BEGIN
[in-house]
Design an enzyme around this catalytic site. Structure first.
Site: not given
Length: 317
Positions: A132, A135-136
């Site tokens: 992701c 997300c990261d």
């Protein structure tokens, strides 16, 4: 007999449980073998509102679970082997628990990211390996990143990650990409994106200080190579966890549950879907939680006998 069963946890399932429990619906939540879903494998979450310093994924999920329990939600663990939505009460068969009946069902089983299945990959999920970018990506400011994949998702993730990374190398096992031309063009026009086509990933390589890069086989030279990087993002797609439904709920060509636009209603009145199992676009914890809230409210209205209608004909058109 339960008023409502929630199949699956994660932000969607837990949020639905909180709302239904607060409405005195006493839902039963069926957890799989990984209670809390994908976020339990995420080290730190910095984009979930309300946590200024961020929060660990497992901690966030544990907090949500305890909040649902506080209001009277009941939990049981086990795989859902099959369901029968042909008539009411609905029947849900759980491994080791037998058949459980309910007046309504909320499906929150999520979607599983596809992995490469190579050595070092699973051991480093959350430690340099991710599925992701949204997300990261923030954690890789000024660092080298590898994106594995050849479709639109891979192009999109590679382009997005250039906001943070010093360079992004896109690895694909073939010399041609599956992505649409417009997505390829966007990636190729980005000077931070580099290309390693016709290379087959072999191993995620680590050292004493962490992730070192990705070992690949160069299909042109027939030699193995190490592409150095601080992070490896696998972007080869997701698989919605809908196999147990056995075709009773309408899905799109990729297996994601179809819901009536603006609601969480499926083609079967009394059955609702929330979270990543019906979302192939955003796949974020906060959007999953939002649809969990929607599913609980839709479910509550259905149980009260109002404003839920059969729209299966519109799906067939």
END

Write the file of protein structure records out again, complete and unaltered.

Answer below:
[in-house]
Design an enzyme around this catalytic site. Structure first.
Site: not given
Length: 317
Positions: A132, A135-136
């Site tokens: 992701c 997300c990261d």
């Protein structure tokens, strides 16, 4: 007999449980073998509102679970082997628990990211390996990143990650990409994106200080190579966890549950879907939680006998 069963946890399932429990619906939540879903494998979450310093994924999920329990939600663990939505009460068969009946069902089983299945990959999920970018990506400011994949998702993730990374190398096992031309063009026009086509990933390589890069086989030279990087993002797609439904709920060509636009209603009145199992676009914890809230409210209205209608004909058109 339960008023409502929630199949699956994660932000969607837990949020639905909180709302239904607060409405005195006493839902039963069926957890799989990984209670809390994908976020339990995420080290730190910095984009979930309300946590200024961020929060660990497992901690966030544990907090949500305890909040649902506080209001009277009941939990049981086990795989859902099959369901029968042909008539009411609905029947849900759980491994080791037998058949459980309910007046309504909320499906929150999520979607599983596809992995490469190579050595070092699973051991480093959350430690340099991710599925992701949204997300990261923030954690890789000024660092080298590898994106594995050849479709639109891979192009999109590679382009997005250039906001943070010093360079992004896109690895694909073939010399041609599956992505649409417009997505390829966007990636190729980005000077931070580099290309390693016709290379087959072999191993995620680590050292004493962490992730070192990705070992690949160069299909042109027939030699193995190490592409150095601080992070490896696998972007080869997701698989919605809908196999147990056995075709009773309408899905799109990729297996994601179809819901009536603006609601969480499926083609079967009394059955609702929330979270990543019906979302192939955003796949974020906060959007999953939002649809969990929607599913609980839709479910509550259905149980009260109002404003839920059969729209299966519109799906067939």